When Zeb & Haniya returned to Pakistan, they found something that might surprise many Americans: A warm welcome from the Lahore music scene for the talented young female performers. One of Pakistan’s best-loved producers wanted to work with them, and their 2009 debut Chup!, included some of the country’s hottest musicians. Their elegant yet catchy renditions of romantic Dari and Pashto folksongs garnered millions of YouTube hits, spots on television, and excited interest from everywhere, including Bollywood.
In fact, women have long played a major role in the region’s music scene, both pre-Partition and after the establishment of Pakistan. Female pop stars and folk idols are nothing new, say Zeb & Haniya. “A lot of women got a lot of fame,” explains Zeb. “They became very well respected and had amazing careers, not just as singers or performers, but as composers and film producers.”
“Their stories were definitely inspiring, because these women did things just the way they had to do it,” Haniya reflects. “I think having someone like that make it—and many of these female musicians were from very ordinary backgrounds—helped us believe that it could happen again.”
It seems to be happening for Zeb & Haniya. When not recording or working on a large travel and music project chronicling Central Asian culture, the duo perform regularly to enthusiastic audiences in both major cities and smaller, more remote areas. In an echo of those vibrant family gatherings that shaped their art, Zeb & Haniya returned to their home region to play a concert for a women-only audience. Instead of the usual demographic of college students and urban professionals, they found themselves singing to a whole different kind of audience.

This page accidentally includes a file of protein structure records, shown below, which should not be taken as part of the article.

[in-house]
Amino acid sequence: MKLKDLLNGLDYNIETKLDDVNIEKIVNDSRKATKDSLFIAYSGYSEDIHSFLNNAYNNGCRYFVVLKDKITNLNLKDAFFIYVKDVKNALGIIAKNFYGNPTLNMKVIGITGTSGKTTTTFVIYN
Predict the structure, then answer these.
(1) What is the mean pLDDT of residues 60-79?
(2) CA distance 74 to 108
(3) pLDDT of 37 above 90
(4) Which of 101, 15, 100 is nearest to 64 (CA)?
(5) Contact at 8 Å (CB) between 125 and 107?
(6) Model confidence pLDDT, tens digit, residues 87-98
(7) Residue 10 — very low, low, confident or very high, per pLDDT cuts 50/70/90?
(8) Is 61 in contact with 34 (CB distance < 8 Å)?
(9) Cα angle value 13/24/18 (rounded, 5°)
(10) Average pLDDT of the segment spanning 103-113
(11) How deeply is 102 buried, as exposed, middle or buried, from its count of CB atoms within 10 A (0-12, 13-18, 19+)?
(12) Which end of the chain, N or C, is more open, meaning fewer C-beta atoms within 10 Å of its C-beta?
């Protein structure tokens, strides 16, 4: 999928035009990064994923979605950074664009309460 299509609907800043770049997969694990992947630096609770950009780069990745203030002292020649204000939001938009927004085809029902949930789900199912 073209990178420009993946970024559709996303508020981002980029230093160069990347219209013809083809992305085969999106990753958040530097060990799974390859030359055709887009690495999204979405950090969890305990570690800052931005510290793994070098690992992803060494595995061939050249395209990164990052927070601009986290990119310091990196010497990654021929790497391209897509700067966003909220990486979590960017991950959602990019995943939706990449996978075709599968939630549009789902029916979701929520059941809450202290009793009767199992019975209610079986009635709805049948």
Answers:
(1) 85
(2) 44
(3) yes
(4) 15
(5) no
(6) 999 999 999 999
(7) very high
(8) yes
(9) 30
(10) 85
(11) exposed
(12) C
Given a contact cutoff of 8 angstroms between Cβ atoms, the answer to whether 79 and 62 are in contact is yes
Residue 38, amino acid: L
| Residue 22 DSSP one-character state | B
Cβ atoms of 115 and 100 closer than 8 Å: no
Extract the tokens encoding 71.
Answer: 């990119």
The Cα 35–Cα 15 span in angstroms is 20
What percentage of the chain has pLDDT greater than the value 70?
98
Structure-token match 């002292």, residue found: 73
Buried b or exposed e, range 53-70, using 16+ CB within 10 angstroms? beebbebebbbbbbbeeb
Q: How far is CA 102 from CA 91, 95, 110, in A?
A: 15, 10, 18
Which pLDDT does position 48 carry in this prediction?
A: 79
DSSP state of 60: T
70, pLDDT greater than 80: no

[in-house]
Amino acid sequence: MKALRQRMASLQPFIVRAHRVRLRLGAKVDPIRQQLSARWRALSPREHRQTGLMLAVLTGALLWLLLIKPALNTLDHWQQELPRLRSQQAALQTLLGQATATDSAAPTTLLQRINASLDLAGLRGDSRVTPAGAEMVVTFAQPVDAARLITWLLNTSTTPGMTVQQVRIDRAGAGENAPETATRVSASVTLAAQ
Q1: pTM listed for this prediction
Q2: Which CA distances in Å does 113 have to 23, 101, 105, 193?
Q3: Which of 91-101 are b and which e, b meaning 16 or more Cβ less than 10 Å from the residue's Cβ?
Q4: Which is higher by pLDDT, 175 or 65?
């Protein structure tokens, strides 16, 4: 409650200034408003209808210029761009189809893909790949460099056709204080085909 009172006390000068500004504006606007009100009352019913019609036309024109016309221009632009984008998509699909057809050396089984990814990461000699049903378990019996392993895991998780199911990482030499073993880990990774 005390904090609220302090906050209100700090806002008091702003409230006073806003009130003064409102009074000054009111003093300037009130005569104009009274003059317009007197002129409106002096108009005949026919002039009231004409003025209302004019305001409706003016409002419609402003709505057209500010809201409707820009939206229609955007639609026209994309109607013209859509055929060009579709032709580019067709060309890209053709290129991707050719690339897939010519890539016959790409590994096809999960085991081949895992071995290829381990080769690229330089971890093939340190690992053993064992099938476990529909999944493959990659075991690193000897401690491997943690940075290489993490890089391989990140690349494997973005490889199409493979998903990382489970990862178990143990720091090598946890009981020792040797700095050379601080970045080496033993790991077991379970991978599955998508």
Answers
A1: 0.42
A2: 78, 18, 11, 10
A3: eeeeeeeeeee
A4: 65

“You had grandmas, mothers, daughters, all equally loud,” Zeb recalls with a chuckle. “I couldn’t hear myself. Living in Lahore, even we end up thinking that the girls will be more timid in places like Peshawar. But they just weren’t fazed by anything. They came backstage, wanted pictures with us, and insisted we sing more in Pashto.”
“I’ve never seen a more energetic crowd of women in the world,” smiles Haniya. “The audience was out of control, but it was so nice to see women letting loose, singing dancing, completely letting go.”
Center StageSM will bring 10 ensembles from Haiti, Indonesia and Pakistan to the U.S. for month-long tours from June-December 2012, connecting artists with diverse communities across the country. Residencies will include performances, workshops, discussions, people-to-people exchanges, and community gatherings. Keep up with Center Stage by liking the program on Facebook (http://www.facebook.com/CenterStagePage) and following us on Twitter (@centerstageus).
Center StageSM is a public diplomacy initiative of the U.S. Department of State’s Bureau of Educational and Cultural Affairs. It is administered by the New England Foundation for the Arts in cooperation with the U.S. Regional Arts Organizations, and with additional support from the Robert Sterling Clark Foundation, the Asian Cultural Council, and the Doris Duke Foundation for Islamic Art. General management for Center StageSM is provided by Lisa Booth Management.